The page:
April 2022 will mark the end of the soft landing to the 'off-payroll working rules', otherwise known as the IR35 legislation. Following the change to the rules on 6 April 2021, HMRC explained that businesses would not have to pay penalties for inaccuracies in the first 12 months, regardless of when inaccuracies are identified, unless there is evidence of deliberate non-compliance1. As HMRC's transition from education to enforcement approaches, the question arises as to whether businesses ready for greater scrutiny.
IR35 reform began in 1999, with the latest regulation change coming into force in April 20212 as part of the Government's clampdown on what is perceived as disguised employment. These latest reforms place the burden of determining the tax status of contractors on all public sector authorities employers and medium or large-sized businesses (also known as with the end hirer or end client), instead of the underlying contractor. Those found to be within the scope of IR35 will face significant tax implications as they must pay income tax, and employers and employees must pay National Insurance Contributions ("NIC"s).
HMRC have stated that they will support businesses who are trying to do the right thing and meet their responsibilities. As part of this they have developed their Check Employment Status for Tax tool ("CEST") as a sensible starting point for any status determination process. Key elements to focus on as part of the IR35 status determination include, but are not limited to: control; the right of substitution; whether there is an obligation on the parties to offer and accept work (mutuality of obligation); and documenting these in the Status Determination Statement ("SDS"). Reasonable care should be taken when assessing an individual for an SDS and accompanying CEST test when making a determination, as well as keeping the review updated periodically.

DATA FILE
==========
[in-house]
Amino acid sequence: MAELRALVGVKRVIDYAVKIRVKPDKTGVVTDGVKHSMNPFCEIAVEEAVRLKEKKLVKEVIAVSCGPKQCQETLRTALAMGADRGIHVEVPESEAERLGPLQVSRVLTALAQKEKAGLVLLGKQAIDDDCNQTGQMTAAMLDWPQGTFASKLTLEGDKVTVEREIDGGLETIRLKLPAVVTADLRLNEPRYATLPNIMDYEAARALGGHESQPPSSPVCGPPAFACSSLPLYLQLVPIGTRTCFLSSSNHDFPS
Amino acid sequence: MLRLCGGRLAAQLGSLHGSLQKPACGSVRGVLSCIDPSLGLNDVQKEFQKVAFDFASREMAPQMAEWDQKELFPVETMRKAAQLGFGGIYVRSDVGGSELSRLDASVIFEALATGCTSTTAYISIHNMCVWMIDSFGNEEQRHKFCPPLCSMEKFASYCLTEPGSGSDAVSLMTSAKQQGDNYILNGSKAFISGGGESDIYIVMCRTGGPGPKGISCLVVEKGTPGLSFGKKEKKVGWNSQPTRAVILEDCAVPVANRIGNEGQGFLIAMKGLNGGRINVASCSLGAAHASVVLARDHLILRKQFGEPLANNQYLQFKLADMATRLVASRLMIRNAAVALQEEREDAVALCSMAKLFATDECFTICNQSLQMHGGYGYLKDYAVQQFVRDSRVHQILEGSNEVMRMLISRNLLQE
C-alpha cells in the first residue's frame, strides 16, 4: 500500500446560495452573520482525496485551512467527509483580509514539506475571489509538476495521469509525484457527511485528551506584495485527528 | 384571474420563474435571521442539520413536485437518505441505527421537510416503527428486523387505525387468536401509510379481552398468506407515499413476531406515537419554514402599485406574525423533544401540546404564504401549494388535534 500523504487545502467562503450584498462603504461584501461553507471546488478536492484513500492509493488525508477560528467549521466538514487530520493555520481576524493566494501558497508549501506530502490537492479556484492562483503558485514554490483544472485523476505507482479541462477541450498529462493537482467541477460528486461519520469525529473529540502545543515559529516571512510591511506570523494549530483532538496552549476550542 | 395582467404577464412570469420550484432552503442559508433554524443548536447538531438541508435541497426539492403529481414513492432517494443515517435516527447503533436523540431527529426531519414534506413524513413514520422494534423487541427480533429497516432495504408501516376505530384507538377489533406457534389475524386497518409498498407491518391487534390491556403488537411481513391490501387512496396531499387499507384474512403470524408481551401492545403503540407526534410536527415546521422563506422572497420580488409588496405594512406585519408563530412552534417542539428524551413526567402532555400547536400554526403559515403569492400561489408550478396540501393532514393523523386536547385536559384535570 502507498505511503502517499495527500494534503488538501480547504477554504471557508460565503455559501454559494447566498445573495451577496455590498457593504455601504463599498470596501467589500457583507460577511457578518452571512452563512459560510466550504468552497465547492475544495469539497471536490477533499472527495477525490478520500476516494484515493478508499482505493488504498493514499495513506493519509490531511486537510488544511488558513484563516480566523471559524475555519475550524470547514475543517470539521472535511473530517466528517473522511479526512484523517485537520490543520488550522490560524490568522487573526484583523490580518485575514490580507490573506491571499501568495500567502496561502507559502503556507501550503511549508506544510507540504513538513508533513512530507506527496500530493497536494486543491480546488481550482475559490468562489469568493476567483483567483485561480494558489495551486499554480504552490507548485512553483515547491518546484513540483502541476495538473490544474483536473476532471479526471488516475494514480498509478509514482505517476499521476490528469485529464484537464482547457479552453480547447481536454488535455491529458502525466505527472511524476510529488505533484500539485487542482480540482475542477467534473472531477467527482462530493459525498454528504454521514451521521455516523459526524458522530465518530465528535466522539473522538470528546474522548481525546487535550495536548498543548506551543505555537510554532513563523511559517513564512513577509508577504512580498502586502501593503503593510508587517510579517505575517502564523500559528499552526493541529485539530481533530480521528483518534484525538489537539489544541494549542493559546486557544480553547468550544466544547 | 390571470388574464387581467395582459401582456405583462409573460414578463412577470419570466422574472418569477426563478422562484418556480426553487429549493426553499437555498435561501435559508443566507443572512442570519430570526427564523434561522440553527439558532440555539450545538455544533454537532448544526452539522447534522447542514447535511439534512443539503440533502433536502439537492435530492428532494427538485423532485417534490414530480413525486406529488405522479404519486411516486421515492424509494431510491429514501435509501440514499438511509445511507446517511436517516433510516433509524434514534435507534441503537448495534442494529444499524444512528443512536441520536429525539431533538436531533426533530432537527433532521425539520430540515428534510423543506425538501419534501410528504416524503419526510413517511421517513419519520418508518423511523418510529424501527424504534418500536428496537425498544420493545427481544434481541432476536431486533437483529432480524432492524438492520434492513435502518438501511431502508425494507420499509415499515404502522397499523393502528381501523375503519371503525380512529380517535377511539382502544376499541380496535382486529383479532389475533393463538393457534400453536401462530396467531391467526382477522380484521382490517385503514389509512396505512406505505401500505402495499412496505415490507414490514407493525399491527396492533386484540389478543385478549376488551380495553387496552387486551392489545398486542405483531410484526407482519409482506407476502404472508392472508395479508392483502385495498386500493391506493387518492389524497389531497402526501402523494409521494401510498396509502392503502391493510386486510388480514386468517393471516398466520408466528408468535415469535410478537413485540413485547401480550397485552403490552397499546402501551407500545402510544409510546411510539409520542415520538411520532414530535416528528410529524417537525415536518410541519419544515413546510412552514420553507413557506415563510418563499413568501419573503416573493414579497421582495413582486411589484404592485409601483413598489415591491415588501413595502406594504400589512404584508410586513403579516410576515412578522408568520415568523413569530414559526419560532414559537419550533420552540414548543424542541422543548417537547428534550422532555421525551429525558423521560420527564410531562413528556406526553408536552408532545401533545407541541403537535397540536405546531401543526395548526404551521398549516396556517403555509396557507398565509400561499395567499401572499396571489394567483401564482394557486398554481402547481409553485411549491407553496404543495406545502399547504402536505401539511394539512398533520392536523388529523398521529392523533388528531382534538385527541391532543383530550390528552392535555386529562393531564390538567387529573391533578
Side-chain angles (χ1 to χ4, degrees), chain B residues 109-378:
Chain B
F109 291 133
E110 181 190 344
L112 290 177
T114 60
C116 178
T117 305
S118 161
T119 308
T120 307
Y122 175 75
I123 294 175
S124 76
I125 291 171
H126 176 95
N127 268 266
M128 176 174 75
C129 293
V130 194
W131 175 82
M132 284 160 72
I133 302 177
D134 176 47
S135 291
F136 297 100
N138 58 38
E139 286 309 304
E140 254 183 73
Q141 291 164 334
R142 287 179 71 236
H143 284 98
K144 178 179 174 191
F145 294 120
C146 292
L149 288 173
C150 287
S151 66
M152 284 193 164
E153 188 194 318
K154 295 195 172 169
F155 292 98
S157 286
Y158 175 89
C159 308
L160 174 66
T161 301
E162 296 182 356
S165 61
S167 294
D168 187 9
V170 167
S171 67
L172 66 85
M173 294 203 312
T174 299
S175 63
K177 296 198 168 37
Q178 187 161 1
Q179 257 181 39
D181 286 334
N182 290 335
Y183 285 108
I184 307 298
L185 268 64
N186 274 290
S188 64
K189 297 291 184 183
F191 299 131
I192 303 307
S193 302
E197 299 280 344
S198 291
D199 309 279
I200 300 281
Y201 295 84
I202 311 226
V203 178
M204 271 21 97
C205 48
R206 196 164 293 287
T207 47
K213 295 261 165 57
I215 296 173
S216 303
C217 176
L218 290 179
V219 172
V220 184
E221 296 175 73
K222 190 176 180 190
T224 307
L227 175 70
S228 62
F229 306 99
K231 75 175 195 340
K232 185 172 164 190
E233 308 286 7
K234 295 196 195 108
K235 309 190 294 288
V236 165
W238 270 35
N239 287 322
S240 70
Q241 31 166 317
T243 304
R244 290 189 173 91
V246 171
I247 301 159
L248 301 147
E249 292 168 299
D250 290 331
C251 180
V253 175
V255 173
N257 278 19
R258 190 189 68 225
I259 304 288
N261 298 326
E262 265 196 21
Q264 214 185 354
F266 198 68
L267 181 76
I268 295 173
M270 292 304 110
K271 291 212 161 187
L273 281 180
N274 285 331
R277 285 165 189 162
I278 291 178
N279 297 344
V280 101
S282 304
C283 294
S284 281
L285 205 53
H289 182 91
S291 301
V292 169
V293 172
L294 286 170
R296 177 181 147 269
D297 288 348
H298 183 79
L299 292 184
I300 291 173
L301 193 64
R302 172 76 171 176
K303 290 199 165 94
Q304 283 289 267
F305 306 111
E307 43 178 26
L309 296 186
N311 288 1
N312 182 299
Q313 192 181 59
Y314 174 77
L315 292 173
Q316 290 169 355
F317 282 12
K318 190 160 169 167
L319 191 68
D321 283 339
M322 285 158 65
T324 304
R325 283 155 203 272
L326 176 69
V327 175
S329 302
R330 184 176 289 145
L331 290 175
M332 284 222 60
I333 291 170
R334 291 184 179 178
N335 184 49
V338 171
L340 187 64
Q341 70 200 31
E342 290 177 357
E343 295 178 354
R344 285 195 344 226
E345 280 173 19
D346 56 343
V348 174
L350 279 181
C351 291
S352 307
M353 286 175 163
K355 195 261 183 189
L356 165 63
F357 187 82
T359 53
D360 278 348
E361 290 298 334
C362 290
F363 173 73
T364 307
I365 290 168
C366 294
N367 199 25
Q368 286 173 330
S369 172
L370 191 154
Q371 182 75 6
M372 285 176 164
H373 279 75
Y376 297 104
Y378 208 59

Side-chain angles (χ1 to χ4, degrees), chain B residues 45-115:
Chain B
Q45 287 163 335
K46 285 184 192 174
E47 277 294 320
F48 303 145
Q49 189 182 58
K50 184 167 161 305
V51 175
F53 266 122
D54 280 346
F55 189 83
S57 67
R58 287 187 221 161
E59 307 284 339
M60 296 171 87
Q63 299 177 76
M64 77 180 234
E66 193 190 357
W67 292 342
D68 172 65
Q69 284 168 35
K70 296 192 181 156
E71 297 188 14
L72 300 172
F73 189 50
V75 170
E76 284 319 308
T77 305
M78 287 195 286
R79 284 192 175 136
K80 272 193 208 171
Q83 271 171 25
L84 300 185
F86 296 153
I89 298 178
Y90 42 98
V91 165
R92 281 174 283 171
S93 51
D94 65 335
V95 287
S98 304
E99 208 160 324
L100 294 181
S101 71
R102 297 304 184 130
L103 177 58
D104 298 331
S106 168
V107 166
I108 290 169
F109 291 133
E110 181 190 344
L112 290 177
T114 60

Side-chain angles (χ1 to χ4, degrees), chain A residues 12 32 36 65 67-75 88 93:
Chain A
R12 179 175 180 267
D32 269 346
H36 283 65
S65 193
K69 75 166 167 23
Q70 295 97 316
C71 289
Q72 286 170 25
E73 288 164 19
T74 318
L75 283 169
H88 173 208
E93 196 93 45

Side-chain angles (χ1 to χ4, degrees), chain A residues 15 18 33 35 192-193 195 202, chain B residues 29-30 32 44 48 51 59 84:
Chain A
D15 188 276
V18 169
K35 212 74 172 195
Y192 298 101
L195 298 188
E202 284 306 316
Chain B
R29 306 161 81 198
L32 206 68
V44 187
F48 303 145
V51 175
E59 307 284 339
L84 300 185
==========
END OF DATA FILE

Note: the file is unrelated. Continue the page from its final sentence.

The new rules in action
As such, we have seen how the "IR35 tests" have been applied by the Tribunal in recent months, both in the Professional Game Match Officials Ltd decision and most recently the decision in Basic Broadcasting Limited.
The latter (involving BBC/ITV presenter Adrian Chiles), exemplifies the complexity of IR35. Contrary to HMRC's assessments, there was no underpayment of tax or NIC, as Mr Chiles was considered to be outside the scope of IR35. The judgment considered all the circumstances and activities as a whole and placed emphasis on the fact that Mr Chiles was in business on his own account (a significant factor displaced the case that Mr Chiles was an employee). Importantly, the Tribunal took into account the number of clients he had, his ability to take on other roles that "did not bear fruit" and his reputation as a broadcaster. This decision is particularly significant, considering the treatment of television presenters in recent appeals.
As highlighted in HMRC's written evidence3 (dated 18 November 2021) to the Lords Economic Affairs Committee Finance Bill Sub-Committee's 2020 inquiry on the new IR35 rules, the administrative burden for businesses from implementing the recent changes will be higher than forecasted. The change of rules impact was assessed at £14.4 million, but this has since been revised to a one off impact of £19.7 million. HMRC in the same evidence simultaneously, and to somewhat contrast the forecasted numbers, put forward that the majority of organisations found the ongoing operation of the rules “easy and reasonable to apply”. The Lords’ Economic Affairs Finance Bill Sub-Committee response4 to this evidence recognised the limitation of the assistance provided through the CEST tool and the challenges and burden of costs which businesses and workers face because of the new rules.
Now is the time for businesses to engage with their IR35 review process, with only a short period until the soft-landing period comes to an end. On 27 February 2020, HMRC estimated the reforms could recoup £1.3 billion a year by 2023-2024.5 This suggests IR35 compliance will be an area of growing interest for HMRC from April 2022, when financial penalties may be issued.
The administrative burden of compliance on business should not be underestimated. The earlier arrangements are reviewed, and conversations start, the better to both minimise costs and reduce the risk of HMRC scrutiny.